Checkpoints, end points, and another kind
OK, this straightforward. There are three kinds of points on the routes: 5 end points in case you need to drop out, 3 checkpoints that you need to get your card stamped at, and another kind which we don't yet understand. Some checkpoints are also end points, but not all end points are checkpoints. Endpoint 4 could be checkpoint 2. Then there is the other kind which we don't understand yet. Got that? Good. Now can you explain it to me?

There is a card that must be taken to sign in with, then we will be issued with a card which must be stamped at the three checkpoints (fun if it's wet) and handed in at the end, and another card which we don't understand yet.

It's all very interesting. There is a high tolerance for rules and administrative detail in Japan, so local runners won't bat an eyelid at all this. Being used to the UK fell running scene I'd prefer to see minimum rules and runners treated as responsible adults. I would, I would, I would! (Sound of toys being thrown out of the pram). In 30 years I have never seen a runner endanger either another runner or a someone out walking their dog. Mountain people look after each other, right?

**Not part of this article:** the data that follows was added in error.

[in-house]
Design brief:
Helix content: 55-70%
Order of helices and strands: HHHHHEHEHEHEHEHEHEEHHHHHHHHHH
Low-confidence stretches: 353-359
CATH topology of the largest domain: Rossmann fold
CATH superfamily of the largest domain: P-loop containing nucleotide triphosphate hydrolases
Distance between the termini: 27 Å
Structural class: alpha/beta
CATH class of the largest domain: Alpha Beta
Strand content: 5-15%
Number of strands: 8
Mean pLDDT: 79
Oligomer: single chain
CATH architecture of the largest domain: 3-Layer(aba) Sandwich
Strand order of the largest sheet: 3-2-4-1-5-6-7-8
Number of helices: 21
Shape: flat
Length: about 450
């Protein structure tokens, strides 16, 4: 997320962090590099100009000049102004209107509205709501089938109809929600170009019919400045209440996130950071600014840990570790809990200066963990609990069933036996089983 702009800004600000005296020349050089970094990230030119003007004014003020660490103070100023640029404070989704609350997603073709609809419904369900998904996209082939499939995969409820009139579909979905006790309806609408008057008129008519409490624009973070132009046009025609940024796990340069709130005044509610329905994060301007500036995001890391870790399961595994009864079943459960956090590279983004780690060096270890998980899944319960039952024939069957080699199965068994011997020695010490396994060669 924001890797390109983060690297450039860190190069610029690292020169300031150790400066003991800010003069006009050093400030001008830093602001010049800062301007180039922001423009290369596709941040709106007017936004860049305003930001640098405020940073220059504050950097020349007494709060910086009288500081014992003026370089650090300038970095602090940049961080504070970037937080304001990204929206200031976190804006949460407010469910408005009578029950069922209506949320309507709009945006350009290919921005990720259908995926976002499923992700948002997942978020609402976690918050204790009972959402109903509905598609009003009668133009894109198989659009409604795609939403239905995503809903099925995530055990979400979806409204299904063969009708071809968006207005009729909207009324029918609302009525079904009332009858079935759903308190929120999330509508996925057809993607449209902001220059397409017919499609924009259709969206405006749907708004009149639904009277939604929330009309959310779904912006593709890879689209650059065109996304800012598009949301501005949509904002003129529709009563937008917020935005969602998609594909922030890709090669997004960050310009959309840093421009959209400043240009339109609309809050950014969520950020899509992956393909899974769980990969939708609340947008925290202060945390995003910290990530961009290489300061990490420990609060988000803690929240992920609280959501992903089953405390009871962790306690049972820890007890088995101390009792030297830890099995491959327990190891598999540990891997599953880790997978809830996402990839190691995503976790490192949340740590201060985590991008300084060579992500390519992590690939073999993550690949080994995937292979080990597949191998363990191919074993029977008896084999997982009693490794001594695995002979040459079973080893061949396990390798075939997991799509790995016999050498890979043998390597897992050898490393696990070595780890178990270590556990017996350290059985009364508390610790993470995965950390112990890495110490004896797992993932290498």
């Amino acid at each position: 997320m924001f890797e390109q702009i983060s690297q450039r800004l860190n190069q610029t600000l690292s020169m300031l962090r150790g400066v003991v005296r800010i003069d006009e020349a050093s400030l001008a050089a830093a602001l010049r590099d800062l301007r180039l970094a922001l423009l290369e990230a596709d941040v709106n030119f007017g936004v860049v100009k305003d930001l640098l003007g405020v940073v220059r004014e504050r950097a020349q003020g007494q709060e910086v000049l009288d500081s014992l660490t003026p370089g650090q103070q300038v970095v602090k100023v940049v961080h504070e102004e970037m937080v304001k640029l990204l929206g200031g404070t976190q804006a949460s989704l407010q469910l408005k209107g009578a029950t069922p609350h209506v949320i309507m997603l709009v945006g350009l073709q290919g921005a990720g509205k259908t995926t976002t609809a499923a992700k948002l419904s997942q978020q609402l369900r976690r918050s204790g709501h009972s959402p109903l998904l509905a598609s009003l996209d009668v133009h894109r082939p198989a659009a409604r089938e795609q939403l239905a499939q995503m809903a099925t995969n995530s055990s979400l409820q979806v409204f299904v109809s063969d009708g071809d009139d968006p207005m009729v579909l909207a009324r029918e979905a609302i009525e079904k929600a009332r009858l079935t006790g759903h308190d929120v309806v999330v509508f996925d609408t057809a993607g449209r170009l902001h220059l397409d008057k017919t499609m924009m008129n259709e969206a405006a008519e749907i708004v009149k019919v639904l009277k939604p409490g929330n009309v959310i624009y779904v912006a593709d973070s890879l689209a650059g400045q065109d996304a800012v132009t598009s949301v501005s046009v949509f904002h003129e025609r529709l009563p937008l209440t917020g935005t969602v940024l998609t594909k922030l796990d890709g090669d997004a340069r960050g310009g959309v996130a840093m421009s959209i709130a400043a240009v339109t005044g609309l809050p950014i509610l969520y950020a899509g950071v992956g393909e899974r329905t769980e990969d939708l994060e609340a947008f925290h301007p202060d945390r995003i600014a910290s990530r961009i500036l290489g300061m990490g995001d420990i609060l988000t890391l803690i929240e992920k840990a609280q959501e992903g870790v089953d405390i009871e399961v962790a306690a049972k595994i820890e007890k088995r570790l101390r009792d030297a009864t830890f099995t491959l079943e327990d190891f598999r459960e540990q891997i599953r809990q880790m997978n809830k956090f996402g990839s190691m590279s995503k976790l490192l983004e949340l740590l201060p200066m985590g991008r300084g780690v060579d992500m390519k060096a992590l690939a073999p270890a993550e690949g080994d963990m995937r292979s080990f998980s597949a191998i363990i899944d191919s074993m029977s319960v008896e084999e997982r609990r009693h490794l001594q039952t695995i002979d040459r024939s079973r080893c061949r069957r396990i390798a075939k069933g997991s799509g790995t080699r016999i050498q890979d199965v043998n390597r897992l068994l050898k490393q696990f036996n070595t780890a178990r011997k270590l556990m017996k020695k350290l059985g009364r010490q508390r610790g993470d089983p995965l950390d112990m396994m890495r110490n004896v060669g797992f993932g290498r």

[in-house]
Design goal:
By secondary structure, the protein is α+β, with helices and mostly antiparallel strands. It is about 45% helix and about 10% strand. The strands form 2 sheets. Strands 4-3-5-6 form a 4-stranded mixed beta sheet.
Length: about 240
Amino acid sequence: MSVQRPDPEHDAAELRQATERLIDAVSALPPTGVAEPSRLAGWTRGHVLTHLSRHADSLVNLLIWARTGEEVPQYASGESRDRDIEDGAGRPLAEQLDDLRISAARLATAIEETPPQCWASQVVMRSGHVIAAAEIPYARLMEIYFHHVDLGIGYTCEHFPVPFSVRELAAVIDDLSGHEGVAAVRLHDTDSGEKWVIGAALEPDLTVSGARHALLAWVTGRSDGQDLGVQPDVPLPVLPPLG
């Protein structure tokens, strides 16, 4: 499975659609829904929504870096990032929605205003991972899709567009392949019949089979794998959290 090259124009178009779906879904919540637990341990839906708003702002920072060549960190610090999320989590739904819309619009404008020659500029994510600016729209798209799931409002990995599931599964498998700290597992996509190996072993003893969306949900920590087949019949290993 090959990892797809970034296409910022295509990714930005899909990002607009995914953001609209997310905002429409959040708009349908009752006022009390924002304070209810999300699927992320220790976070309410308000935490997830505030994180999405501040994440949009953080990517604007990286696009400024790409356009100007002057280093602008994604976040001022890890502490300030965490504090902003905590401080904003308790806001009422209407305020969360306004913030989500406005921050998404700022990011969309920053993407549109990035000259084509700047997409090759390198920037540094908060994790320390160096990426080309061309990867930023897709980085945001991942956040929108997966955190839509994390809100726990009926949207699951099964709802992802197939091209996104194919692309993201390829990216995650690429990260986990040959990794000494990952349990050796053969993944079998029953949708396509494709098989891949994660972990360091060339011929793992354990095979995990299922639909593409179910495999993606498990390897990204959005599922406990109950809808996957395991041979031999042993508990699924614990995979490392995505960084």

Safety has to come first though. And, having organised races myself, I am well aware of the hard work that goes into it and all the different pressures that end up giving the race its particular character. As a runner I really appreciate the chance to see what will happen when I push myself alongside others. It's all good. Let the slightly constrained fun begin!


Mt Hiei and the marathon monks, Kyoto

Mt Hiei just north east of Kyoto in late December
I didn't know until we were on the mountain that I would be coming into close contact with one of the world's great historical mountain endurance traditions. I had read about Mt Hiei's 'marathon monks' but never thought I would see the place - especially by accident.  In a gloriously incongruous transplanted cultural tradition I had been invited for a Christmas Day meal, sleep-over and long Boxing Day run by David, who I had only met once before - oh the joys of spontaneous sociability! Ohara was snowy and beautiful, and it felt like being at home back in Fukushima's mountainous Okuaizu villages.

Ohara morning - only 10km north of Kyoto

Run preparations were of Olympic standard. Well stuffed with the a western-style meal, refreshed with long conversations in English and slightly pummelled by David's great kids acting out their favourite animé scenarios, Boxing Day dawned with more snow. Let's get at it.

David heading up the first climb in Northern Irish  hard man style  - gear is for wussses